Friday, July 24, 2015

June, 1889: Hungarians

Today we learn about a lynching of opportunists in the aftermath of the Johnstown tragedy. Our source for the following article is The Kearney Daily Hub (Kearney, Nebraska) dated June 3, 1889:


Human Jackals Caught at Their Nefarious Work and Lynched.

JOHNSTOWN, Pa, June 3.—A party of searchers saw two men robbing the body of a woman. The thieves were caught. In one of their pockets was found a woman's ear, entire, sliced from the head with a sharp knife. In the ear lobe was a sparkling diamond ring. The captors placed ropes around the necks of the villains and then strung them up to the nearest tree until they were dead. They then cut them down and buried them. Reports of 

Looting and Wholesale Robbery

have been greatly exaggerated. There is a disposition on the part of the Hungarians, laboring Irish and negroes to raid houses, but not the dead. The measures adopted by the police have a tendency to frighten them off in nearly every case. One Hungarian was caught in the act of robbing the body of an old lady, but protesting that he got nothing, was released. It was afterwards discovered that he had taken $100 from the pocket of the corpse. Threats to lynch these thieves on sight had a good effect in keeping them at a distance. C. L. Dick, ex-mayor of Johnstown, and several other gentlemen while patrolling that part of the city known as The Point, discovered a party of Hungarians looting the houses and robbing the bodies of the dead. The parties had no guns with them, but Mr. Dick leveled his revolver at one of the plunderers and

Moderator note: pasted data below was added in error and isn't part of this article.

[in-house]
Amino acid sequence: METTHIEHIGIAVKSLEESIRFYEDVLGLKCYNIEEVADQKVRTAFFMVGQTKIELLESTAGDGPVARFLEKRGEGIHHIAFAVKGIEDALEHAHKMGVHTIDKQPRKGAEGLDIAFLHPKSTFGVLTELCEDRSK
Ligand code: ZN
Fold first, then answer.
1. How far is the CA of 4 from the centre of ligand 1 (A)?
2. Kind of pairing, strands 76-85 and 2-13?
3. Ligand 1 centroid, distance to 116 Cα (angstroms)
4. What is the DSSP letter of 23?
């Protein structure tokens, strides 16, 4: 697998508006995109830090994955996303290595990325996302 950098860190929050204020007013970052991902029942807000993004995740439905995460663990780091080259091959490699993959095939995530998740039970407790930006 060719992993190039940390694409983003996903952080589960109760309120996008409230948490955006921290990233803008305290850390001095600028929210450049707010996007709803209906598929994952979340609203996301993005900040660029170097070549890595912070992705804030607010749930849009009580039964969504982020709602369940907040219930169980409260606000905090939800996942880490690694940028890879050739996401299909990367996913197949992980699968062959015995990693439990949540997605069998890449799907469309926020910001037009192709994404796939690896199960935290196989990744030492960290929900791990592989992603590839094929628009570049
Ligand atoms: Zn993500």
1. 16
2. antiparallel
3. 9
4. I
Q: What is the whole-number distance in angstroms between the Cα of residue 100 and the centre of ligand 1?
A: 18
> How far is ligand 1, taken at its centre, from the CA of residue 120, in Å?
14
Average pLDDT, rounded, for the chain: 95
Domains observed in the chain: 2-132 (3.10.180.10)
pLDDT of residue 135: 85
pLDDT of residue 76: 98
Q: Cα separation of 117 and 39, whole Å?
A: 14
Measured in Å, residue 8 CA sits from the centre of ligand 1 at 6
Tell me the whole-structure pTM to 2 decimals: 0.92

Shot Him Dead.

Further investigation of the contents of pockets of the fiends brought forth large quantities of jewelry and the mutilated finger of a little girl, on which was a gold ring.

He fell into the river and no further attention was paid to his remains. the city is guarded by over 300 special officers. A special train of twelve cars loaded with provisions for the sufferers has just arrived.

At 5 o'clock a posse of farmers surrounded a gang of fourteen Hungarians who were robbing the dead and succeeded, after a lively battle with clubs and rocks in driving three of them into the middle of the stream where they sank beneath the waves to rise no more.

The above article is a fine example of the bigotry that was common at that time.  If you are unfamiliar with the Johnstown tragedy, a good place to learn about it can be found  here and here. Thank you for joining me and as always, I hope I leave you with something to ponder.

No comments:

Post a Comment